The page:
What’s Involved in Infection Control Training?

What’s Involved in Infection Control Training?

Unlike most professions where graduation with a degree is often the end of the formal education process, staying up to date on current practices means that infection control training never really ends. Nurses and other medical specialists who elect to become Infection Control professionals must complete both rigorous certification training as well as ongoing Infection Control Training throughout their career.

Getting Started

Infection control training starts with understanding what biological elements make up an infection or infectious disease, how those elements impact the human body, and how to maintain an environment that deters the growth and spread of the pathogens from one host to another.

Most infection control specialists begin their formal education with by obtaining a Bachelor’s degrees in the Science of Nursing (BSN). Nurses are a foundational element in a healthy health-care setting, and the broad knowledge base gained from a comprehensive nursing education is particularly well-suited as the foundation for dedicated Infection Control training.  After receiving this degree, they must also obtain additional Infection Control training to receive their formal certification as an infection control professional.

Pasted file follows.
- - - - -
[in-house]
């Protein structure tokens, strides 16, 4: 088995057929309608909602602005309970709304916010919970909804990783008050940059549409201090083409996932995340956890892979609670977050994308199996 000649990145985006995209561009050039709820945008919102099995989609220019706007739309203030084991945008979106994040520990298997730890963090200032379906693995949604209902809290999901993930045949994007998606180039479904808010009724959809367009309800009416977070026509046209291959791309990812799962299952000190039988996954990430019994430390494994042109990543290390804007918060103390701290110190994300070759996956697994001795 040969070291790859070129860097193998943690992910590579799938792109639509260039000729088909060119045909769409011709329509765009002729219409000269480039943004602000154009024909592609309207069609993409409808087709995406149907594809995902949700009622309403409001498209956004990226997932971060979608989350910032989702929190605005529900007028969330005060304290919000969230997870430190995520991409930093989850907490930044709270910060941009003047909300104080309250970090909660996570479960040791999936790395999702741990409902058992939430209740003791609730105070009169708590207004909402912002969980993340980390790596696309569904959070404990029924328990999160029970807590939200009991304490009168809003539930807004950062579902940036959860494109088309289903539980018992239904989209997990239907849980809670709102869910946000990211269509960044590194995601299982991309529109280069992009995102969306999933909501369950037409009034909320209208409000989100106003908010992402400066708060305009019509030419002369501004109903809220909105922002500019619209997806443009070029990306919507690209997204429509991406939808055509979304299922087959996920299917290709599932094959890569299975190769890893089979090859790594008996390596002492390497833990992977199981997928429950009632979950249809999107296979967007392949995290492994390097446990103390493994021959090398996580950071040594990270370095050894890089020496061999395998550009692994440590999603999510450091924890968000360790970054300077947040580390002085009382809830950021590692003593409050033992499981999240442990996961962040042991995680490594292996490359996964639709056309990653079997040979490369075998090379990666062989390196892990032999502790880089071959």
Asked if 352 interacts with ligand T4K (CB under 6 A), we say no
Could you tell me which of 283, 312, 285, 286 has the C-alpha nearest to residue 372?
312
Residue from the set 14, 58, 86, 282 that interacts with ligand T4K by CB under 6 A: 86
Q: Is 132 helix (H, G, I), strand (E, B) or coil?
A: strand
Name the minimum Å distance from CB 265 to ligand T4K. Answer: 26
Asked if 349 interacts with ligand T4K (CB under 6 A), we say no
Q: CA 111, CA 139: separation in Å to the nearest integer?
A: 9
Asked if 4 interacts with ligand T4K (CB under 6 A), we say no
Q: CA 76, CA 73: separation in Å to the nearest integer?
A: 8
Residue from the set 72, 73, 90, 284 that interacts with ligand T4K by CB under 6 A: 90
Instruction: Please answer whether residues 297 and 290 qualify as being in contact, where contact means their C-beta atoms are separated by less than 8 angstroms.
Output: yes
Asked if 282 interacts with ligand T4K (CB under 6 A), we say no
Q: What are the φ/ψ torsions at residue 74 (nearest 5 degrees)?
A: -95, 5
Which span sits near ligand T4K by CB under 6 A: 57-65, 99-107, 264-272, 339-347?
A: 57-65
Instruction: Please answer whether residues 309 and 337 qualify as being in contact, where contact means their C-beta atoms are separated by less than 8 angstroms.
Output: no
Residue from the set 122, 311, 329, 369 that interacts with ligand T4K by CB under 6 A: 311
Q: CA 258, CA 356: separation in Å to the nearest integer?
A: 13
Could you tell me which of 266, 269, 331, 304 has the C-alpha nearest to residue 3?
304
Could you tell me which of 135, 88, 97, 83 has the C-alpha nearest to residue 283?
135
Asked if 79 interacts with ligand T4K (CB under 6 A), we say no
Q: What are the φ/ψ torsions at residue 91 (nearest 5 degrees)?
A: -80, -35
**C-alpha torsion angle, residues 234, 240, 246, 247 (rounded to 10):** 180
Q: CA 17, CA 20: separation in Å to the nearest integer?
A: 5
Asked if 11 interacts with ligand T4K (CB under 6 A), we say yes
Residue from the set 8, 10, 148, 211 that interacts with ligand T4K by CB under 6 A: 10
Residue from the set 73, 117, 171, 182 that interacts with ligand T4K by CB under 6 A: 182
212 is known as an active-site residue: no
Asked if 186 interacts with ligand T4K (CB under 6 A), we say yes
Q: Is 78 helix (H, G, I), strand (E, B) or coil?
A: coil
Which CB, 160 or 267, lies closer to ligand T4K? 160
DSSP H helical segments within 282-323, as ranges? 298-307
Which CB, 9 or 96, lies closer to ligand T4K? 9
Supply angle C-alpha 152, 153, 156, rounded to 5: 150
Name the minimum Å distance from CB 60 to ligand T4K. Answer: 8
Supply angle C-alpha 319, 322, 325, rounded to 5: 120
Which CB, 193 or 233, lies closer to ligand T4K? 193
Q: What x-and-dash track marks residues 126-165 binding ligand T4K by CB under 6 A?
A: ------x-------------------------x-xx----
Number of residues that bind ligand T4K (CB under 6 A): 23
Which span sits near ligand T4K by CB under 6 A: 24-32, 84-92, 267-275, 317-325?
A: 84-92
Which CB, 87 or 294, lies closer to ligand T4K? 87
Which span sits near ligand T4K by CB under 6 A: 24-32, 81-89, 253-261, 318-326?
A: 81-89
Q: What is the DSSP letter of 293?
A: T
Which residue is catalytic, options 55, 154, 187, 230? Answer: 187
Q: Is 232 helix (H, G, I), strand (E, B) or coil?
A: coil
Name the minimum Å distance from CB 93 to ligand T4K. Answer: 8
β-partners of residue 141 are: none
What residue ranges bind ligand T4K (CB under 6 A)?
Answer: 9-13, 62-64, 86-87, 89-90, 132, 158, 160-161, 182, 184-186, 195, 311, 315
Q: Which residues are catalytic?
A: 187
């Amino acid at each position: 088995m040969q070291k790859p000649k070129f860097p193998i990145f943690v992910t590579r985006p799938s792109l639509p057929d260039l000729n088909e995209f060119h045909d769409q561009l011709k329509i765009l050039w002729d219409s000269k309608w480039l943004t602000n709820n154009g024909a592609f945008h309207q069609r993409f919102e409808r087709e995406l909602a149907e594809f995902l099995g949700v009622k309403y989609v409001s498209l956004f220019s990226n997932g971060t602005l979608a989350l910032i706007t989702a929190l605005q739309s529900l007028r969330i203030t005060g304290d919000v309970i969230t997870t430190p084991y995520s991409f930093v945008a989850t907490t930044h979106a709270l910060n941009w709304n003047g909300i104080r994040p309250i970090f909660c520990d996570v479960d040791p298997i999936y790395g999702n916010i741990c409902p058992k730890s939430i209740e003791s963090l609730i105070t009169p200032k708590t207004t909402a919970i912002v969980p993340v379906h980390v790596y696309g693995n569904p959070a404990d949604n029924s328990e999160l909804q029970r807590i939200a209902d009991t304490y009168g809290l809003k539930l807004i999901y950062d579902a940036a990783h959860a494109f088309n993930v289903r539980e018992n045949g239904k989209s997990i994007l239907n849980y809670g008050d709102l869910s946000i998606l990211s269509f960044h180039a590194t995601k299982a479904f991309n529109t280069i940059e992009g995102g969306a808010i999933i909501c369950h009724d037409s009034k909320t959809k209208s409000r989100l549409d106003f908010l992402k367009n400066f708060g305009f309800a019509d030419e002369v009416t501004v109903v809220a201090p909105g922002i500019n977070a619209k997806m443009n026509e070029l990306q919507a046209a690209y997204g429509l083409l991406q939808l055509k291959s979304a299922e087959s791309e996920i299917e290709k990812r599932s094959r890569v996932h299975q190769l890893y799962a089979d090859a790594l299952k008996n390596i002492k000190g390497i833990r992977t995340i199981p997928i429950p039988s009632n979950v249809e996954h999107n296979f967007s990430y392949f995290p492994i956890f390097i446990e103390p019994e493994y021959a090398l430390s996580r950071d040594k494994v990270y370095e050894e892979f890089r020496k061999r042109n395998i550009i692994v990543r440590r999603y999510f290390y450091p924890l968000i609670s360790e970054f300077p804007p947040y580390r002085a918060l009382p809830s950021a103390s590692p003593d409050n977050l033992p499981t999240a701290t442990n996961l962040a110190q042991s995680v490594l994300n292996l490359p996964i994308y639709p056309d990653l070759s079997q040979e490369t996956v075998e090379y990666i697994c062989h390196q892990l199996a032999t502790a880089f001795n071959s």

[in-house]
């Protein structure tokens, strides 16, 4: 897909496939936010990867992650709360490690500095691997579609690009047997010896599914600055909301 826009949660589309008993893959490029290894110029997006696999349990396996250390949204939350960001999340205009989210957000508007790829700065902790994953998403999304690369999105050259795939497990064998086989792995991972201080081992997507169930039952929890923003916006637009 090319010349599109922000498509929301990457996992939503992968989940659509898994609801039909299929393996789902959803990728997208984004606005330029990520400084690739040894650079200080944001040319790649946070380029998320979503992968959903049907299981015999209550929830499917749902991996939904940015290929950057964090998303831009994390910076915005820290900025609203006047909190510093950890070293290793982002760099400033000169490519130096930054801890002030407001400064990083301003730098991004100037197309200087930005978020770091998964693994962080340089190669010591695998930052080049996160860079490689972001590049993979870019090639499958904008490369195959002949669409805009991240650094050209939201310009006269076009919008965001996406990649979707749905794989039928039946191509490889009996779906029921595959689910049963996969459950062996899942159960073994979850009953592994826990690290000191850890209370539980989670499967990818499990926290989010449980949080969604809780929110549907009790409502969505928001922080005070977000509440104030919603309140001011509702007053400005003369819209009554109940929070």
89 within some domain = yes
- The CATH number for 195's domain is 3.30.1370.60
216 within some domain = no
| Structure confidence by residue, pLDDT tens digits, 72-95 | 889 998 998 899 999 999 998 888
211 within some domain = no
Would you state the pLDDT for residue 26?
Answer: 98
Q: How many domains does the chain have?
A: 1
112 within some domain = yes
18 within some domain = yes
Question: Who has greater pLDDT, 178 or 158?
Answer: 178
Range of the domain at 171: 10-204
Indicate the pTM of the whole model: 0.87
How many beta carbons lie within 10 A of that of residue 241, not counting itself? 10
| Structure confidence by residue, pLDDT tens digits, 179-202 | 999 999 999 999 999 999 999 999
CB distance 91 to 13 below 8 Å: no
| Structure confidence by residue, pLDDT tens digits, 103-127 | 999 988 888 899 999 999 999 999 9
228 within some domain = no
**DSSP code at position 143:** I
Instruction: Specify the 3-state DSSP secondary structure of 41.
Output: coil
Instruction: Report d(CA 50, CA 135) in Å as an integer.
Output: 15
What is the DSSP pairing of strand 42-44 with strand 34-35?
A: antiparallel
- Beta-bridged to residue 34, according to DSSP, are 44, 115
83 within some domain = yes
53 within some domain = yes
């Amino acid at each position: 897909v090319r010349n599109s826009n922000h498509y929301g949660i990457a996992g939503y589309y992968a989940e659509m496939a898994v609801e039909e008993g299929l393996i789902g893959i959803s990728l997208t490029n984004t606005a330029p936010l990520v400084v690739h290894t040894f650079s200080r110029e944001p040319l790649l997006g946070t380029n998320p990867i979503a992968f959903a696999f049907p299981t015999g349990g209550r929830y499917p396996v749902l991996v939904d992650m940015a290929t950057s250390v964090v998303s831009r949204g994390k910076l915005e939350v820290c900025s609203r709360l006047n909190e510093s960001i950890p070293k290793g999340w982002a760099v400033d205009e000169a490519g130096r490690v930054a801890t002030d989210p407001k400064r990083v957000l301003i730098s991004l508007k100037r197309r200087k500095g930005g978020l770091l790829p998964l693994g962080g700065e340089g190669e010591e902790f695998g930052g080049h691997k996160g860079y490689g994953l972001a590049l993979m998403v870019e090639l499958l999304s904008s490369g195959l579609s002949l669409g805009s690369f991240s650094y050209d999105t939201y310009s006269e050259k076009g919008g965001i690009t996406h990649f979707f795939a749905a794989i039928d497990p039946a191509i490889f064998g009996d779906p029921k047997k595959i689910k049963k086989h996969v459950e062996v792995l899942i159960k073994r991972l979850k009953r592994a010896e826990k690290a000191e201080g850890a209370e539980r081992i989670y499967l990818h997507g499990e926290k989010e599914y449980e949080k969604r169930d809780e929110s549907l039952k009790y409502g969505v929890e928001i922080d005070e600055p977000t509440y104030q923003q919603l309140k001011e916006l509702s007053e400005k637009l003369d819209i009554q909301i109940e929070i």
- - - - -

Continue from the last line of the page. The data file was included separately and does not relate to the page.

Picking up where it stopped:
Staying Current

Diseases caused by pathogens are not static, but instead, evolve over time as they adapt to their environment. Pathogens are particularly sensitive to environmental factors, such as the biology of the infected host, their exposure to medications while within the body, and even their exposure to external agents they come in contact with between hosts and in the world in general. The resulting constant evolution makes it particularly tricky for scientists to estimate how or where the next infection cycle will emerge. Consequently, it is very challenging for health care professionals to predict or prepare for an infection outbreak.

Accordingly, infection control training must also evolve as disease expression evolves. Every outbreak – and even every infected person –  provides new information about the specific strain of pathogen causing the illness. Researchers take samples of infected tissue to analyze in search of the genetic elements that make the particular strain different from previous strains. This information informs not just the medical personnel working with patients, but also the researchers designing the next iteration of vaccines. Health care schools use the data gleaned from every infection cycle in their continuing infection control training courses.